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Reshaping dominant stories : a poststructuralist approach to online role play

Dracup, Mary 2010, Reshaping dominant stories : a poststructuralist approach to online role play, in HERDSA 2010 : Proceedings of the 33rd Annual HERDSA Conference, HERDSA, Milperra, N.S.W., pp. 1-10.

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Title Reshaping dominant stories : a poststructuralist approach to online role play
Author(s) Dracup, MaryORCID iD for Dracup, Mary orcid.org/0000-0002-5678-4145
Conference name Higher Education Research and Development Society of Australasia Conference (33rd : 2010 : Melbourne, Vic.)
Conference location Melbourne, Vic.
Conference dates 6-9 Jul. 2010
Title of proceedings HERDSA 2010 : Proceedings of the 33rd Annual HERDSA Conference
Editor(s) [unknown]
Publication date 2010
Conference series Higher Education Research and Development Society of Australasia Conference
Start page 1
End page 10
Publisher HERDSA
Place of publication Milperra, N.S.W.
Keyword(s) online role play
role play
poststructuralist drama techniques
Summary Online role play is an increasingly popular teaching/learning technique in higher education (Wills & McDougall 2009) but there has been little research into ways a poststructuralist approach may be supported in this format. This paper describes two very different means of incorporating a poststructuralist approach into role plays in higher education to problematise dominant assumptions in the language and content of the subject matter. The first method was a series of interventions in a face-to-face role play in which medical students practised consultations with adolescent school students. The consultations were interrupted repeatedly with activities designed to interrogate assumptions and the school students acted as coaches to improve the medical students' technique. Although this role play was performed face-to-face, some of its activities may be redeveloped to suit an online role-playing format. The second method was a feature of an online role play involving Middle-East politics and journalism students, in which daily online newspapers provided a reflecting and distorting mirror to the political events simulated by the politics students. Indications of ways in which the two methods produced changes in understanding were gathered using a mixture of qualitative and quantitative methods: questionnaires, focus groups, interviews, participant observation and analysis of online discussions and artefacts.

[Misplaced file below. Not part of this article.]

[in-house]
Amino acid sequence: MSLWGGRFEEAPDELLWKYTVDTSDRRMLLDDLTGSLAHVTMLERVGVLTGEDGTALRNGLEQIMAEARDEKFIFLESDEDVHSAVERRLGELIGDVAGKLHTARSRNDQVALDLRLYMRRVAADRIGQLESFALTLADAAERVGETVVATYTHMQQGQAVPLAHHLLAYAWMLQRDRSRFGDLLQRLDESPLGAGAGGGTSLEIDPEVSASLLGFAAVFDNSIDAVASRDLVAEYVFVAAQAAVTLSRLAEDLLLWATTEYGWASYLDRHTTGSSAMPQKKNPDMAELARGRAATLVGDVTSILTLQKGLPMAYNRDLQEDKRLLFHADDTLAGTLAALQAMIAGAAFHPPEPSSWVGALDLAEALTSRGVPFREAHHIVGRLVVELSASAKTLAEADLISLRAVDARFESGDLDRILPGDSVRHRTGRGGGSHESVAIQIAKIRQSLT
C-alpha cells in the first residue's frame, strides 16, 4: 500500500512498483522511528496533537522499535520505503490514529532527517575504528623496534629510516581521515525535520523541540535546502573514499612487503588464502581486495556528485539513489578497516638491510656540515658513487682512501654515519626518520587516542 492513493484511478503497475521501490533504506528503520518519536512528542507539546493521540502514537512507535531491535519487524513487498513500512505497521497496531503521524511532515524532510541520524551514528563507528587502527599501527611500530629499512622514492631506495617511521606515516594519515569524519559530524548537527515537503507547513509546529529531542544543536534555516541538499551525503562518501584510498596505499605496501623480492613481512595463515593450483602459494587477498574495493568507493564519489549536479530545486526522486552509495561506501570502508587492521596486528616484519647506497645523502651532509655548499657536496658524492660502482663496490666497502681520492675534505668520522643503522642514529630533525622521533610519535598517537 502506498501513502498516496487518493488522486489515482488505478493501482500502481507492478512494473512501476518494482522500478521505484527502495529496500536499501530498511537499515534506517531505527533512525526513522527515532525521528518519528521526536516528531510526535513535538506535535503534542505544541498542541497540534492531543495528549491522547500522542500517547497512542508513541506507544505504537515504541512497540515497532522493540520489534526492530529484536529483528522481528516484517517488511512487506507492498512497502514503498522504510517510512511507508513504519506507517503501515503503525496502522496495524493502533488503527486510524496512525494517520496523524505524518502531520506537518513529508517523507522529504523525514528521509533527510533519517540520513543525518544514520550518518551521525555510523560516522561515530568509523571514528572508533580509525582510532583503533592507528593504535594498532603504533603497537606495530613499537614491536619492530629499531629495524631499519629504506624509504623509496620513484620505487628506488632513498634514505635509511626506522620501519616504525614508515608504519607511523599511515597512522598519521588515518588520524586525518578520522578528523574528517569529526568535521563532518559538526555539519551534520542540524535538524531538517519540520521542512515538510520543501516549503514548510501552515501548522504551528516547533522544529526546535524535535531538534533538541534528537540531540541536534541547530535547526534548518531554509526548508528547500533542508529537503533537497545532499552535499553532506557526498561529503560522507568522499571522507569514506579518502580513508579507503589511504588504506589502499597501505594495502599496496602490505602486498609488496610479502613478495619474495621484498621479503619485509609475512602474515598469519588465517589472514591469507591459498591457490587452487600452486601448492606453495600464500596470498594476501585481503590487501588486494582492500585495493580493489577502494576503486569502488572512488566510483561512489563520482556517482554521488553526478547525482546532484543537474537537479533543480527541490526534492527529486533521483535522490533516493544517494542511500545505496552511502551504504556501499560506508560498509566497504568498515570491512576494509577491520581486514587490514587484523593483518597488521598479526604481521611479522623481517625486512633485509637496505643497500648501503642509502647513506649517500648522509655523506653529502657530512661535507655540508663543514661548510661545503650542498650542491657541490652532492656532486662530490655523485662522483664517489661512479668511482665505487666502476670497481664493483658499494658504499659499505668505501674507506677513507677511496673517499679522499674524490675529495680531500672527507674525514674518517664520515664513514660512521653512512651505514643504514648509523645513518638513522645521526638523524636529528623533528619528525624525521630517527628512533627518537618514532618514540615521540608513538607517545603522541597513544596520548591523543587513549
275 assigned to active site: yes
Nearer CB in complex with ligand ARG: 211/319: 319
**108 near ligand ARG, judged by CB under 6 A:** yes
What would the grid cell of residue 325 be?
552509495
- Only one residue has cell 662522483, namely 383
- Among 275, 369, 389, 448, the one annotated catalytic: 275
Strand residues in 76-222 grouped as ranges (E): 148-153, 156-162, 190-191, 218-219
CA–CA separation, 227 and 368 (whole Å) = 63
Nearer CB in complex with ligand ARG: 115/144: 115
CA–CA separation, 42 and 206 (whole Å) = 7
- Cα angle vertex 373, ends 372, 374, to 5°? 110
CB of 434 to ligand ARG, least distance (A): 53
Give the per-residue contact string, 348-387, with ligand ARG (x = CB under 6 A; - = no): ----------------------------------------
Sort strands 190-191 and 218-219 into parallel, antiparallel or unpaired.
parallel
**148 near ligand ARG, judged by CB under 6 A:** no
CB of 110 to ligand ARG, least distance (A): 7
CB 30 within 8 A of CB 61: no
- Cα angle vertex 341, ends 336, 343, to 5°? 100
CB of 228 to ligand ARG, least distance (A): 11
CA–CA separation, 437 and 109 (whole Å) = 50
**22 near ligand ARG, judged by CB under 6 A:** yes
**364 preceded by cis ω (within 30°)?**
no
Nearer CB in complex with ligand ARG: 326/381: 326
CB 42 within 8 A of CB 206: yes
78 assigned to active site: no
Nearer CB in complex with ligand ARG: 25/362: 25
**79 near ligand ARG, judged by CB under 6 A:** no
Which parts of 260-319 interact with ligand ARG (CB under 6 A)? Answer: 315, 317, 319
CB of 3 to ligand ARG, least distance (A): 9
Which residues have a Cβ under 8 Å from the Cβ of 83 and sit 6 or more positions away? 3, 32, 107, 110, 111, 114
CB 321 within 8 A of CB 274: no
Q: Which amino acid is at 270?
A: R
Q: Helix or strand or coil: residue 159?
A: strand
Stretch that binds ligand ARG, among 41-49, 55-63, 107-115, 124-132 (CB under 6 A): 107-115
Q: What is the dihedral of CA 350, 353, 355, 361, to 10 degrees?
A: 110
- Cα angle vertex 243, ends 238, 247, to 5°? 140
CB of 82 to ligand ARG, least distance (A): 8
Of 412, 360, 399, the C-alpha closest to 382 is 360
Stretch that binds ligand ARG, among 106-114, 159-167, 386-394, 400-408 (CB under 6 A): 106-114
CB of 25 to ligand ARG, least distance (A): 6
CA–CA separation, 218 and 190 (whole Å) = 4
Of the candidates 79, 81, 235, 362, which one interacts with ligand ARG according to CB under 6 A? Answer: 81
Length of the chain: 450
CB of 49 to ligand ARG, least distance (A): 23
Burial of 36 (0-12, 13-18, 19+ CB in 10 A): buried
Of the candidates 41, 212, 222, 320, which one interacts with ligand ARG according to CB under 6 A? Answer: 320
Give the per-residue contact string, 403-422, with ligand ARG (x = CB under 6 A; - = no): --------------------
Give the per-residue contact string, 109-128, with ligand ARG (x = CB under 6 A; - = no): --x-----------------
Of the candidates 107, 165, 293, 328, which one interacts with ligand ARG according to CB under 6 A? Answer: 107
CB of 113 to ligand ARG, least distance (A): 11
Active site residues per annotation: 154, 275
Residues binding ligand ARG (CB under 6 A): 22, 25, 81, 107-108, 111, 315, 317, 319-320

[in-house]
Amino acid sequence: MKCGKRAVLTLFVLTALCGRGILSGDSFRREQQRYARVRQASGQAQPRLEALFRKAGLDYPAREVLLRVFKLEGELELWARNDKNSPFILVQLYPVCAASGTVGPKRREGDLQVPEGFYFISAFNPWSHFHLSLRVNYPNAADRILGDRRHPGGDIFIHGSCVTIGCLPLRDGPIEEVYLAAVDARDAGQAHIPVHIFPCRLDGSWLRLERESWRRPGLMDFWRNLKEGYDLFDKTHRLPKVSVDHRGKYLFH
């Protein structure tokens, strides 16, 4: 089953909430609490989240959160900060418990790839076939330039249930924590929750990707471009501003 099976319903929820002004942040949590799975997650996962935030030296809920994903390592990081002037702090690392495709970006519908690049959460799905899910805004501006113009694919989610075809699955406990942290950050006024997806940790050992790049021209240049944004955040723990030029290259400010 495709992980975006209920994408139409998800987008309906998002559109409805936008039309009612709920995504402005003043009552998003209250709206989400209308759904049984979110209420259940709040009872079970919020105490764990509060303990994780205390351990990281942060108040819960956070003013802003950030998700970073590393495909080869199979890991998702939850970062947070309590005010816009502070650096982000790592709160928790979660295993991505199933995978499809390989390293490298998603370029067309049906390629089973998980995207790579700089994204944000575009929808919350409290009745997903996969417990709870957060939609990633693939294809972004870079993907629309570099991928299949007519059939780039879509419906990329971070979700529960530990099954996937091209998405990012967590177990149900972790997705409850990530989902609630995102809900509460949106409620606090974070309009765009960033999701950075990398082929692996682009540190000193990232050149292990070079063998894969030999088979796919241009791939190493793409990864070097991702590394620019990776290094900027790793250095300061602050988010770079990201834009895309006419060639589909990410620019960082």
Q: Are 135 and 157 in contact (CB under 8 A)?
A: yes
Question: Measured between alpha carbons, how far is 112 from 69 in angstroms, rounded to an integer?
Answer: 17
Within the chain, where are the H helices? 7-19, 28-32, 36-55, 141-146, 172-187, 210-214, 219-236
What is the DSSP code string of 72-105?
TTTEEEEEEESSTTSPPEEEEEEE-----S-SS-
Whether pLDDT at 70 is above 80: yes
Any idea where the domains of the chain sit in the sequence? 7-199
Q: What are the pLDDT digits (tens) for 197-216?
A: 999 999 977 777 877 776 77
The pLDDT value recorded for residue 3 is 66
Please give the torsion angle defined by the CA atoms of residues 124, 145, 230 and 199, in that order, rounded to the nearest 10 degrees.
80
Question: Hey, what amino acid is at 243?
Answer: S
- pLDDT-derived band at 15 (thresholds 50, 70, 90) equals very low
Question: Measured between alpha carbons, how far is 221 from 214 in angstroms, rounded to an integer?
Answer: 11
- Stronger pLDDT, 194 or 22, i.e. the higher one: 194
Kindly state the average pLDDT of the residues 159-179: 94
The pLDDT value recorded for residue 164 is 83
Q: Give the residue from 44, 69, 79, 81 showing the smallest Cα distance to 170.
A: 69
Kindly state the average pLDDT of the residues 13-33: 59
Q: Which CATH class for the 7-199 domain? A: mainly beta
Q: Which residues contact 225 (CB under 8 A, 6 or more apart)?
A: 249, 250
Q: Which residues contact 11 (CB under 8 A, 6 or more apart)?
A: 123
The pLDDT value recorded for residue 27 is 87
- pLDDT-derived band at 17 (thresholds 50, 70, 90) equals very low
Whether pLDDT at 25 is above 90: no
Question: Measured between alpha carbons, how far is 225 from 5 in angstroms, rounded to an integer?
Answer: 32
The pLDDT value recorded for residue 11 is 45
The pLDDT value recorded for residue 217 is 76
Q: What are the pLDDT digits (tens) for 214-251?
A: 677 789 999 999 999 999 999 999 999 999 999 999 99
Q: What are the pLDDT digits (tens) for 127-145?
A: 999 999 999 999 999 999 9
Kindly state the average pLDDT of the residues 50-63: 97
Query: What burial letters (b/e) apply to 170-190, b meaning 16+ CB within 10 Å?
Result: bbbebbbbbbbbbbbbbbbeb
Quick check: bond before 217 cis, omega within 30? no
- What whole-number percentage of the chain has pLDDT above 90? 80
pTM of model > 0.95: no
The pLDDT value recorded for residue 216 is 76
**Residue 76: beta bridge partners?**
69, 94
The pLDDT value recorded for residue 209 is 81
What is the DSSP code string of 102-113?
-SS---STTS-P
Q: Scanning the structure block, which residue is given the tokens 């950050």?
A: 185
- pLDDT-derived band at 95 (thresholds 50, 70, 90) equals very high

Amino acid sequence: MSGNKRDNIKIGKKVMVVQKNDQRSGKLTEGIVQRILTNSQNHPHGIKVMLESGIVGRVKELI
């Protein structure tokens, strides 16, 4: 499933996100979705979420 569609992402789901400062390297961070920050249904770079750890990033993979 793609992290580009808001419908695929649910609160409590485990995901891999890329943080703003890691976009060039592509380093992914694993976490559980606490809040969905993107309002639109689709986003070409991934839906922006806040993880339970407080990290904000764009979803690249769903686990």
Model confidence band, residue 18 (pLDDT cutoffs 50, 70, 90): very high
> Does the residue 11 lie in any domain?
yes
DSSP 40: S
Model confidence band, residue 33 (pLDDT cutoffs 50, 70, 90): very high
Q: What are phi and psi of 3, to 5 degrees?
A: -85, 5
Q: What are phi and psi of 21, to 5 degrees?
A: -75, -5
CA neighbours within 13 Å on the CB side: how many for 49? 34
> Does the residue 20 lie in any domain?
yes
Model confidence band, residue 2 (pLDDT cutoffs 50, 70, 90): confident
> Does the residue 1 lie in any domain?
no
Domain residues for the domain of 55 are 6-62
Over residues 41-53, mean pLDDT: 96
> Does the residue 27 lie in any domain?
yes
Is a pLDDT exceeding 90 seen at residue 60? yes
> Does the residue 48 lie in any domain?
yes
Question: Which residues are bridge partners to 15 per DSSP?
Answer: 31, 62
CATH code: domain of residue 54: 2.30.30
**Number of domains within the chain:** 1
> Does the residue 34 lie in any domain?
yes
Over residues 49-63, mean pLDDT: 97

Notes Reproduced with the kind permission of the copyright owner.
Language eng
Field of Research 130306 Educational Technology and Computing
Socio Economic Objective 930201 Pedagogy
HERDC Research category E1.1 Full written paper - refereed
ERA Research output type E Conference publication
HERDC collection year 2010
Related work DU:30042602
Copyright notice ©2010, Higher Education Research and Development Society of Australasia
Persistent URL http://hdl.handle.net/10536/DRO/DU:30041204

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Created: Wed, 04 Jan 2012, 12:43:06 EST by Mary Dracup

Every reasonable effort has been made to ensure that permission has been obtained for items included in DRO. If you believe that your rights have been infringed by this repository, please contact drosupport@deakin.edu.au.